There’s no scrimping on funny business in Bell Shakespeare’s production of Moliere’s comedy The Miser and the biggest laughs are thanks to Michelle Doake, who brings the house down as the scheming society matchmaker Frosine.
Doake says that while a lot of her performance is created in-the-moment, she’s also drawn inspiration from some of her heroes – mostly women, mostly British.
“I adore Maggie Smith and Judi Dench,” she says. “There is probably a bit of Maggie Smith in my performance. I’ve recently watched some footage from 50 years ago of her in [Noel Coward’s] Hay Fever, and her timing and largesse and her fruitiness … she was just so delicious.
“Then there was a day in rehearsals where I thought, ‘what would this scene be like if Frosine was Eddie from Ab Fab?’ So there’s a bit of that in the DNA of it as well. Frosine is like a big bird, she’s fluttering her feathers and posing all the time. So there’s a bit of Maggie and Eddie, a bit of peacock and a bit of bogan Aussie bin chicken.”
And that’s not all … We asked Michelle to reveal a few of her comic secrets.
1. A funny first entrance
“I started with the idea of confidence,” Doake says. “Frosine is a woman who swans into society homes, and has the ability to ingratiate and to charm. There’s a level of trust offered her. We learn that Harpagon [played by John Bell] will believe anything – you can’t tell him enough lies. So I have free reign to just go for it. I wanted to leave the audience guessing; one moment she is charming and the next totally false.”
2. Funny set pieces
“We rehearsed a lot with Nigel Poulton, the show’s movement director and coach. There are a lot of things to do like moving boxes, moving the couch, and coming in and out of doors and slamming them. So we started making a rhythmic map for the journey of the play. As a former dancer, it’s very natural for me to think speed and space and how to change it up.”
3. Dress to impress
“Costume really informs this performance. Frosine is really into her threads. She thinks she’s quite fabulous and she’s always striking poses, showing off the cuffs on her jacket or her ankles and shoes. She’s very tactile and always stroking everything.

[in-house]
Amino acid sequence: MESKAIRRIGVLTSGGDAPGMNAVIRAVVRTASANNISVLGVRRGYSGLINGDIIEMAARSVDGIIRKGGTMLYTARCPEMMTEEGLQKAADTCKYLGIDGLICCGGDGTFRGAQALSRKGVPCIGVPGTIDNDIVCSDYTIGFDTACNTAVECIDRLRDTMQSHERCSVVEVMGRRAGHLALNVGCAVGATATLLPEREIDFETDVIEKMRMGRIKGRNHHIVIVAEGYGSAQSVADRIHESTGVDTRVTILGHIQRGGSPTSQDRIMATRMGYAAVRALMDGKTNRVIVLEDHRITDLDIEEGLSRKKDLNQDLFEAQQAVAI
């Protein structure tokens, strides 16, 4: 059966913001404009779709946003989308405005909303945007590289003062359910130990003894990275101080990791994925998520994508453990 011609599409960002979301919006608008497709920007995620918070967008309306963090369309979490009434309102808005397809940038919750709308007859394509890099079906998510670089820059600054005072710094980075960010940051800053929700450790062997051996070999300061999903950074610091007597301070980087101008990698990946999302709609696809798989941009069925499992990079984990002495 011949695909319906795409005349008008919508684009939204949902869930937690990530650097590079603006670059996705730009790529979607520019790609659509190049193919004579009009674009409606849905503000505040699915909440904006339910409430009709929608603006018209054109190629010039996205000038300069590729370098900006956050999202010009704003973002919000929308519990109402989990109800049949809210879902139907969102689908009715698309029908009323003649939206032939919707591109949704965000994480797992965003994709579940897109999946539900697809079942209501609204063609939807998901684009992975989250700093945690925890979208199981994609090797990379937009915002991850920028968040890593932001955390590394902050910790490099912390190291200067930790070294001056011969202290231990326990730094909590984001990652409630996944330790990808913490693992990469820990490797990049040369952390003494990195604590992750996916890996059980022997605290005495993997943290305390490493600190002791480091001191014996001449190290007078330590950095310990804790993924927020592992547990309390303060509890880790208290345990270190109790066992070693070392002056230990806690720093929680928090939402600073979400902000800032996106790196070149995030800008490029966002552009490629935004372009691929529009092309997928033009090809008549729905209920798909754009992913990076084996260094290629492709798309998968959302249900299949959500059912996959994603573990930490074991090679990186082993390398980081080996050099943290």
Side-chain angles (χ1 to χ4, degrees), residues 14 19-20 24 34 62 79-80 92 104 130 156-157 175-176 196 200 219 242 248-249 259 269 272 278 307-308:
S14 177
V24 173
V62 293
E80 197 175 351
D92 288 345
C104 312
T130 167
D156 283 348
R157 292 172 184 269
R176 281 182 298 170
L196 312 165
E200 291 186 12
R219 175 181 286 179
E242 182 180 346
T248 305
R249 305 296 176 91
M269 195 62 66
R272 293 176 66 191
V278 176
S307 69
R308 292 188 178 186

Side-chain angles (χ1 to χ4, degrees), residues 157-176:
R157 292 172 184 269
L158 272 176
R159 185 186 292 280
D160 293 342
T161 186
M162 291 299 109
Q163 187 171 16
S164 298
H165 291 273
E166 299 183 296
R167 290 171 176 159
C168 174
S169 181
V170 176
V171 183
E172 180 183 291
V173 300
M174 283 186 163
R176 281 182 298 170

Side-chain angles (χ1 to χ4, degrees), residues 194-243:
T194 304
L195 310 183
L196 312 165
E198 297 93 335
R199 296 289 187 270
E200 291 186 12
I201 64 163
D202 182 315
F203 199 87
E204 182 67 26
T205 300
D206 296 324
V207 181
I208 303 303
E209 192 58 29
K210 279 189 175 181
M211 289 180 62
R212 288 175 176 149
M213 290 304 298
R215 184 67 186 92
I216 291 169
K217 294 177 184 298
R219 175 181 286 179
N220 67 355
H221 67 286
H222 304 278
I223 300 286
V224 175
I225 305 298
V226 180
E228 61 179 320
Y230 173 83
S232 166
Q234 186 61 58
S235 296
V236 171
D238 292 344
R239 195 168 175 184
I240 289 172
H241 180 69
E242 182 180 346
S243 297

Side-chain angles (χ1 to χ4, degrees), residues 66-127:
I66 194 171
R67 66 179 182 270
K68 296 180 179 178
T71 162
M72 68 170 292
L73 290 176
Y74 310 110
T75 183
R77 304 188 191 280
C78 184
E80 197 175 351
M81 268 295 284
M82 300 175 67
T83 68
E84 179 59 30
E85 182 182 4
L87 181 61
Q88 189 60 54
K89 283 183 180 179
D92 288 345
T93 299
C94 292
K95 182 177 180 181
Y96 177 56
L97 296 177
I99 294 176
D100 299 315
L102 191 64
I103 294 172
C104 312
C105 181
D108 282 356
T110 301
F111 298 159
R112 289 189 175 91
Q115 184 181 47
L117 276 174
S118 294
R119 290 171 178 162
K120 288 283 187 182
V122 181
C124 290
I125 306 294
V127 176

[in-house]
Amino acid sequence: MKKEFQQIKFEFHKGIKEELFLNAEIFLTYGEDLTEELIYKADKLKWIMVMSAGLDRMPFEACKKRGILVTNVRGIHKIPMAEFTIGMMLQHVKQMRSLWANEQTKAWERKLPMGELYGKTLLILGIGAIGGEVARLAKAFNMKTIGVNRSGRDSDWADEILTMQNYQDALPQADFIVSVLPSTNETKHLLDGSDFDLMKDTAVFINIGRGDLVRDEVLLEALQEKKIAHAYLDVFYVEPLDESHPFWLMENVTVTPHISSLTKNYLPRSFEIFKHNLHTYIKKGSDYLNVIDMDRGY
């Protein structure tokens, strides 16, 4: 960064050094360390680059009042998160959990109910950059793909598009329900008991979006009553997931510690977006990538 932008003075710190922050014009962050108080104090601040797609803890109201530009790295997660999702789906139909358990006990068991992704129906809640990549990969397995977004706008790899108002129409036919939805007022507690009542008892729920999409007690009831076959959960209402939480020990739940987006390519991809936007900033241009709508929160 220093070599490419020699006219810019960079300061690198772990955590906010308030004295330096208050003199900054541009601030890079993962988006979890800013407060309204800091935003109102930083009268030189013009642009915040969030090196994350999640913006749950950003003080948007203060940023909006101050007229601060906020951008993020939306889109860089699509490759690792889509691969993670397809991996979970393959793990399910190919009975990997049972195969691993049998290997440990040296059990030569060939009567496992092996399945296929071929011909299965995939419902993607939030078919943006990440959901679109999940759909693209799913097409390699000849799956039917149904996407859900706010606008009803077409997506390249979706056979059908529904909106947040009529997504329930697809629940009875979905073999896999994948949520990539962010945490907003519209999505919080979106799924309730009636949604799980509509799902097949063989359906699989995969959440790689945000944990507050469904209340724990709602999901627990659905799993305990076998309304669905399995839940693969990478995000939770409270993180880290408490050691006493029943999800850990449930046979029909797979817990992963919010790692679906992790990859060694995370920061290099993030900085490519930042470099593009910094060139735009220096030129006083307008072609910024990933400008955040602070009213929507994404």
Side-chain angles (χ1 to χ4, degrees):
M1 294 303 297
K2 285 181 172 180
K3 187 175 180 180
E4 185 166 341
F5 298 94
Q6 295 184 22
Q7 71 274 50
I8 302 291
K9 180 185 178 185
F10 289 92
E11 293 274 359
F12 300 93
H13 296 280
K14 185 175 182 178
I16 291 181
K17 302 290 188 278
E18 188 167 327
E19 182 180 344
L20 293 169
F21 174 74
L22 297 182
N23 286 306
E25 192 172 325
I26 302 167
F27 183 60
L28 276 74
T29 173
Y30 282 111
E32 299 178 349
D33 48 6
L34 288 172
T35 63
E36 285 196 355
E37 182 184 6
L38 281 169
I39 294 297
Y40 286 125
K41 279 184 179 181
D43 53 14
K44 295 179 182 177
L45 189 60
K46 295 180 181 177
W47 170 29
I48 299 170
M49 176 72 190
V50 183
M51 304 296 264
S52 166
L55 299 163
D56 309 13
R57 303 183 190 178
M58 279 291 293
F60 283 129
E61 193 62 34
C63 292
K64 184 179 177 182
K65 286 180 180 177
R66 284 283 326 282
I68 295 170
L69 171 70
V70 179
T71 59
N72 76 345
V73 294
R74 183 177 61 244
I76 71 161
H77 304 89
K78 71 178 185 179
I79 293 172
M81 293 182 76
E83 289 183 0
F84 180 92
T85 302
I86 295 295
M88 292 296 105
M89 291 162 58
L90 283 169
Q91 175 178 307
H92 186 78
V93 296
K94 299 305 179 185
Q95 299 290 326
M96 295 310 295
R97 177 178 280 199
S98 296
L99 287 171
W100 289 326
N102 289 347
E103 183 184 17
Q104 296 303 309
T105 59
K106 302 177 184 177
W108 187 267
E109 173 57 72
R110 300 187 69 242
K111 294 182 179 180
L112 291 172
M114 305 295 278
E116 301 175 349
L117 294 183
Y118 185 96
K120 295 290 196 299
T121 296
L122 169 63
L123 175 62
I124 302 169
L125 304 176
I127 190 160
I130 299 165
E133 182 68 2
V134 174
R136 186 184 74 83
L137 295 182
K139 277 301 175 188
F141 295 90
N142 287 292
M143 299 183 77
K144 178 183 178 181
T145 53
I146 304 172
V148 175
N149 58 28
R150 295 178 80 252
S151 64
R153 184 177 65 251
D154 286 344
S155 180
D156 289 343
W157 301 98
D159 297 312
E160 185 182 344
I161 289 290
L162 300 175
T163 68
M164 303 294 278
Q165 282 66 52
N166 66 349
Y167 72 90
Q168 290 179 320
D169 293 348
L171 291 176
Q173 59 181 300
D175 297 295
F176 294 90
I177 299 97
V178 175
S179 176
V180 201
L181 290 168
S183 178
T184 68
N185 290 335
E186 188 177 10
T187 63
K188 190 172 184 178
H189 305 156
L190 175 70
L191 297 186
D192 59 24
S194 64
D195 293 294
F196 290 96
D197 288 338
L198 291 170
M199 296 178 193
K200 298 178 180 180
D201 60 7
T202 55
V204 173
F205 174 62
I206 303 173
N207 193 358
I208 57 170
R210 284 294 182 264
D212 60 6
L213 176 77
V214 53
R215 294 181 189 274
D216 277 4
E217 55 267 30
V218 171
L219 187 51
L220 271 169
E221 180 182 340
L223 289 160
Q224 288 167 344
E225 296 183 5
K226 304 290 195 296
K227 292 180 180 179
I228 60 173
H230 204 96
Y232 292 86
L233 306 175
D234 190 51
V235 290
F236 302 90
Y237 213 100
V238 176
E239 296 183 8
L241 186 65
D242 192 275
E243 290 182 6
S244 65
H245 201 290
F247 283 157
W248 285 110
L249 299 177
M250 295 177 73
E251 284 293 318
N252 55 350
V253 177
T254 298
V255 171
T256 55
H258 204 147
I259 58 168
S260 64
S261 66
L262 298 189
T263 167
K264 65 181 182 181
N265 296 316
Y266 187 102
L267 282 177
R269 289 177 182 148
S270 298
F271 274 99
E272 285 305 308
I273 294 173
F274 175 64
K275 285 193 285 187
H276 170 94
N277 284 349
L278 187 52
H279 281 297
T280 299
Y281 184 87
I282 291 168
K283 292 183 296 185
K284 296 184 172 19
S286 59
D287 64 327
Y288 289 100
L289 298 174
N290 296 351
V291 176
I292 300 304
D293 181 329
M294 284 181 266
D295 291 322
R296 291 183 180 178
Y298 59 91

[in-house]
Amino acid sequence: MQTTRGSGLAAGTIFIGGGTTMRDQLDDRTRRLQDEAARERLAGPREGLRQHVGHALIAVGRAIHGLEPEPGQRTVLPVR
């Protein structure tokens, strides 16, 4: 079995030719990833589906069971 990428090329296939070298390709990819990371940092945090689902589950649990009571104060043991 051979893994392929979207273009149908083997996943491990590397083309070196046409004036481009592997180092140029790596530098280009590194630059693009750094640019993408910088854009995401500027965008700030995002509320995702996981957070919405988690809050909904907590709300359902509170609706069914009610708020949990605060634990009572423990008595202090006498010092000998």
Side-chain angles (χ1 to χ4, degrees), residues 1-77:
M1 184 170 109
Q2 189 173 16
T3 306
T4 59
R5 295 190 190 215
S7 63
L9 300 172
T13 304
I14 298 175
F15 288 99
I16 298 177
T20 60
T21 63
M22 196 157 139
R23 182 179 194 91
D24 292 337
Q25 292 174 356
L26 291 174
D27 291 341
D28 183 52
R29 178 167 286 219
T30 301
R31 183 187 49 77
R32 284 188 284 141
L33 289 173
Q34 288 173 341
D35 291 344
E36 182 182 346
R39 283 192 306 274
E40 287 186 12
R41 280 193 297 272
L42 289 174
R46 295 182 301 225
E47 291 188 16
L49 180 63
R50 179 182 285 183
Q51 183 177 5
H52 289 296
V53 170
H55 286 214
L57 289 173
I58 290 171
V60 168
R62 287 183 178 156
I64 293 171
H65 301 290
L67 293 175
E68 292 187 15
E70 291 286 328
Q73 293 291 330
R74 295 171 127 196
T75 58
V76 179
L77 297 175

I requested pockets in the jacket just so that was another way Frosine could choose to stand. My lovely friend [actor] Helen Thomson said she kept looking at my shoes because I danced around with these little tiny leather boots. She was laughing at my feet!”
4. Work the face
“Frosine has this slightly white face with heavily red cheeks and pursed drawn-on lips. It’s a design choice. So I developed a thing where everything is very forward with the mouth.
My character is always smiling and trying to draw Harpagon in, thinking she’s quite attractive. I guess that’s a little bit like Edina, too. When she would pull her teeth back, her smile was like a shark, very disconcerting …”
5. Double takes and sudden stops
“One of the exercises we did for fun in rehearsals was working on our double takes and triple takes – even a quadruple take!
And we did a lot of moving through the space at different speeds. If we moved very slowly, could we still be seen? If I open the door and creep in, no one sees me. But if I come in like this! People see me!
I always think of John Cleese. He used that manic physicality in his body and then would just stop, freeze like a rabbit in a spotlight. The incongruity in that moment is hilarious.”
6. Funny walks and silly dances
“There’s a scenes when I’m teaching John’s character how to be sexy. It comes from me looking up John Travolta in Saturday Night Fever and that walk down the street he does. It starts off fairly simply with a hip thrust and then we add the arms. Then we add a bit of a bounce in the neck … But of course John looks like an old rooster, then he falls over and has a geriatric meltdown.
None of that is in the script. Justin Fleming didn’t write, ‘pause for a silly walk’. It all came from rehearsal.
John keeps building on what he did on opening night and now he’s all over the place. It’s hilarious. I’ve had to really stop myself laughing. He’s incredibly fit, that man, unstoppable.”
7. Group effort
“Comedy absolutely requires the attention and the skill and the focus of everyone on stage. You’re never funny on your own. You have to be given the space and the full attention and focus. All the heads have to snap in your direction or it doesn’t work.
You’re only as good and as interesting as the people you’re on stage with and everyone in this cast is a comic actor. When I’m backstage – I don’t come on for about 45 minutes – I love listening to the show. The consistency of each performance is really remarkable. I’m so impressed with everyone.”
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